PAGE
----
Fetal Presentation

 Fetal Presentation

Fetal presentation is determined by the part or pole of the fetus that first enters the pelvic inlet.

“The term Fetal presentation refers to the part of your baby’s body that is closest to the birth canal.”

 There are three main presentations.

  • Cephalic (head first)
  • Breech (pelvis first)
  • Shoulder (shoulder)

Presenting Part

 The presenting part is the specific fetal structure lying nearest to the cervix. It is determined by the attitude or posture of the fetus. Each presenting part has an identified denominator or reference point that is used to describe the fetal position in the pelvis.

Cephalic presentations-

The occipital fontanel is the presenting part, and this presentation is referred to as a vertex or occiput presentation.

  • The presenting part is the head
  • This accounts for 95% of all births
  • The degree of flexion or extension of the head and neck further classifies cephalic presentations.
  • Vertex presentation indicates that the head is sharply flexed and the chin is touching the thorax. The denominator is the occiput.
  • Fortnum or brow presentation indicates partial extension of the neck with the brow as the presenting part. The denominator is the Fortnum.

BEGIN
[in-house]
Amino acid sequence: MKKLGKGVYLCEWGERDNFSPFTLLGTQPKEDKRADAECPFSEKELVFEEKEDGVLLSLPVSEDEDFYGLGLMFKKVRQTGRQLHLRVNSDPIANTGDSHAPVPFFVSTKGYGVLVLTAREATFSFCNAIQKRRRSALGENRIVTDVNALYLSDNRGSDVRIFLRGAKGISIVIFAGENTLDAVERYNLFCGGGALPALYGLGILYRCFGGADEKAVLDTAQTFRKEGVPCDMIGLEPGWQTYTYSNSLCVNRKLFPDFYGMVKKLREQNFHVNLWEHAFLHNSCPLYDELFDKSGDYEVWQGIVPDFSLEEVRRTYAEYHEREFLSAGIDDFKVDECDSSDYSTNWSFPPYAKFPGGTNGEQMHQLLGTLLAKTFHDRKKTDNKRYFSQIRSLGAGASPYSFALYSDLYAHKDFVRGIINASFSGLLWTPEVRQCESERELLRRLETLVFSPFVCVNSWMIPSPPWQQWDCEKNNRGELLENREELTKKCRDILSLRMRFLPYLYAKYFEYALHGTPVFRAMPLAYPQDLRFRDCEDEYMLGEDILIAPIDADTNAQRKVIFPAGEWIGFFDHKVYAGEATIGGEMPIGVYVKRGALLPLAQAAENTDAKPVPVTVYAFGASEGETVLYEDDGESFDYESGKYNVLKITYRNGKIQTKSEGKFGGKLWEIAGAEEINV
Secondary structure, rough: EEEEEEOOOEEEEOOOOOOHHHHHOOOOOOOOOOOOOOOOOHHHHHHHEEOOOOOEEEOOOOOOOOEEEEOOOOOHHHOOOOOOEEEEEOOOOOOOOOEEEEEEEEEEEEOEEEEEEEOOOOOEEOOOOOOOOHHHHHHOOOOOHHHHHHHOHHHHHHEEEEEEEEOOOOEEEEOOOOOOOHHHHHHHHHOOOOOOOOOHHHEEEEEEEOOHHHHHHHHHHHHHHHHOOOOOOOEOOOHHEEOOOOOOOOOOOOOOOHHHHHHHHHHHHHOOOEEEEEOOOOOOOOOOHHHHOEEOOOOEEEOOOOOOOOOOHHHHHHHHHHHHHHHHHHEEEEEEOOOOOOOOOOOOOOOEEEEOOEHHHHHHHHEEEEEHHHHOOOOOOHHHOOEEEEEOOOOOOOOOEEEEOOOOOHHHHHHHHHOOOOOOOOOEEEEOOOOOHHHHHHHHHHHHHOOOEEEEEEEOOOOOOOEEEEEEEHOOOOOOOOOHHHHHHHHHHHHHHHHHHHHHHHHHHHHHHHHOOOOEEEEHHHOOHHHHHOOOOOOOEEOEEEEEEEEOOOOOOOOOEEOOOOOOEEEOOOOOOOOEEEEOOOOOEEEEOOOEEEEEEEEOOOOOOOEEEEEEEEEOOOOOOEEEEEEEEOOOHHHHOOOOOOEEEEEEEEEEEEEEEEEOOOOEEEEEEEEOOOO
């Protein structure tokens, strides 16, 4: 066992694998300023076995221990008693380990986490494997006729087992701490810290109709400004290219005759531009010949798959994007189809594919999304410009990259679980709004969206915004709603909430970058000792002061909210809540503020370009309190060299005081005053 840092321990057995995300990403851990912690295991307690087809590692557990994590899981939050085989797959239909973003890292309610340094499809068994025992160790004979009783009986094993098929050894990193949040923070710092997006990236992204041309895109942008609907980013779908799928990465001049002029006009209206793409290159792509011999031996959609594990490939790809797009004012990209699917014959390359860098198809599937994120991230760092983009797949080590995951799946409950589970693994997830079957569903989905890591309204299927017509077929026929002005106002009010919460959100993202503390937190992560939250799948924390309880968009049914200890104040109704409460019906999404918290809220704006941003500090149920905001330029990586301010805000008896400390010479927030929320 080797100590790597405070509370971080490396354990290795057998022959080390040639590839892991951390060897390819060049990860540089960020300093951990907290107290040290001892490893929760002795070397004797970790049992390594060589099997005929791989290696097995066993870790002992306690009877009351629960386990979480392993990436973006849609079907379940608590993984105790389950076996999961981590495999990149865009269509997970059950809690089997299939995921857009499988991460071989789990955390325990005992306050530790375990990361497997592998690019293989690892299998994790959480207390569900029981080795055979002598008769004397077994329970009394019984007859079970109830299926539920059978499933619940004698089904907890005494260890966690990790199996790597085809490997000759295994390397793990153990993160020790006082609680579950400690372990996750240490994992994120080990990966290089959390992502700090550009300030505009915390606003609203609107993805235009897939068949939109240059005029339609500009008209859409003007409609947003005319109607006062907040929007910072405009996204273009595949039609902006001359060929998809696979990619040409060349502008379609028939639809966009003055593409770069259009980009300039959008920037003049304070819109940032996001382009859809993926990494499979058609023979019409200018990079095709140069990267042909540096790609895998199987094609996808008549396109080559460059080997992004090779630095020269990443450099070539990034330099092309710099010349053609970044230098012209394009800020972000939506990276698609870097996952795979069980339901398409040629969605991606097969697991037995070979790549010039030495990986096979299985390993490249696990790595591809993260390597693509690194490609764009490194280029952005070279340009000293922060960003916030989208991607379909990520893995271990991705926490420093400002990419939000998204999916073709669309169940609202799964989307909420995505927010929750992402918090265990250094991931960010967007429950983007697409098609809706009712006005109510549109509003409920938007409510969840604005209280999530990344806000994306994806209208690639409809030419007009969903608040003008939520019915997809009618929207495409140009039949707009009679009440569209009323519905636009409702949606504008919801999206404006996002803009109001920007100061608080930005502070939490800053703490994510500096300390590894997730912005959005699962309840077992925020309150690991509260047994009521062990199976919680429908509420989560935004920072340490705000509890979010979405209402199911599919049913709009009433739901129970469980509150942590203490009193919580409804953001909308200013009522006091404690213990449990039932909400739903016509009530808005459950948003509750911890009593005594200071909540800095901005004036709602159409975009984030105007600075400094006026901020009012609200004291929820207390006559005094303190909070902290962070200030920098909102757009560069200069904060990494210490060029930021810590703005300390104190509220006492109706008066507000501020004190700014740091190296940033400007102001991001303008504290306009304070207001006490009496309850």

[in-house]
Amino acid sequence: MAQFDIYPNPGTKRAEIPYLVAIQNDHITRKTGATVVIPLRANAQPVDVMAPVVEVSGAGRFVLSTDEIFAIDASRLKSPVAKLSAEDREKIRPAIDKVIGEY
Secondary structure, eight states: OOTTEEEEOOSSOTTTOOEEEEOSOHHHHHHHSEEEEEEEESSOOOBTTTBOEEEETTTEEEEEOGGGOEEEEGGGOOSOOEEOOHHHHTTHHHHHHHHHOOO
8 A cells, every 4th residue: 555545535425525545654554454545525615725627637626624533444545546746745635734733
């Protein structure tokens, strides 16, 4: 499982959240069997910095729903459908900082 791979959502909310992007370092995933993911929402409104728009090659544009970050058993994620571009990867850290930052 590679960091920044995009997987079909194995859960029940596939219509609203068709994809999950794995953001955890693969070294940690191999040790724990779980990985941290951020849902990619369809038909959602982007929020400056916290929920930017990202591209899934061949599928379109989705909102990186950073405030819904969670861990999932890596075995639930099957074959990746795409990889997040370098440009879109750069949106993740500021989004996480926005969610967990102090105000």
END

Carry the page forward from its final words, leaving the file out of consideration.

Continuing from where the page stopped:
• Face presentation indicates that the neck is sharply extended and the back of the head (occiput) is arching to the fetal back. The denominator is the mentum-chin.

Breech presentations-

The presenting part is the buttock and/or feet.(Bottom part of the body closest to the birth canal.)

Breech presentations are further classified into-

  • Complete breech- Is when both of the baby’s knees are bent and his feet and bottom are closest to the birth canal.(Complete flexion of thighs and legs)
  • Frank breech- Is when the baby’s legs are folded flat up against his head and his bottom is closest to the birth canal. (Complete flexion of the thighs and the legs extending over the anterior surfaces of the body.)
  • Footling breech- (Where one or both feet are presenting) Extension of one or both thighs and legs so that one or both feet are presenting.

Transverse presentation-

If the baby is transverse, he is lying horizontally in the uterus. The doctor may try to manually turn him into a head-down position, but a cesarean section is usually needed.

  • The presenting part is usually the shoulder.
  • This usually is associated with a transverse lie.

  Compound presentation-

The fetus assumes a unique posture usually with the arm or hand presenting alongside the present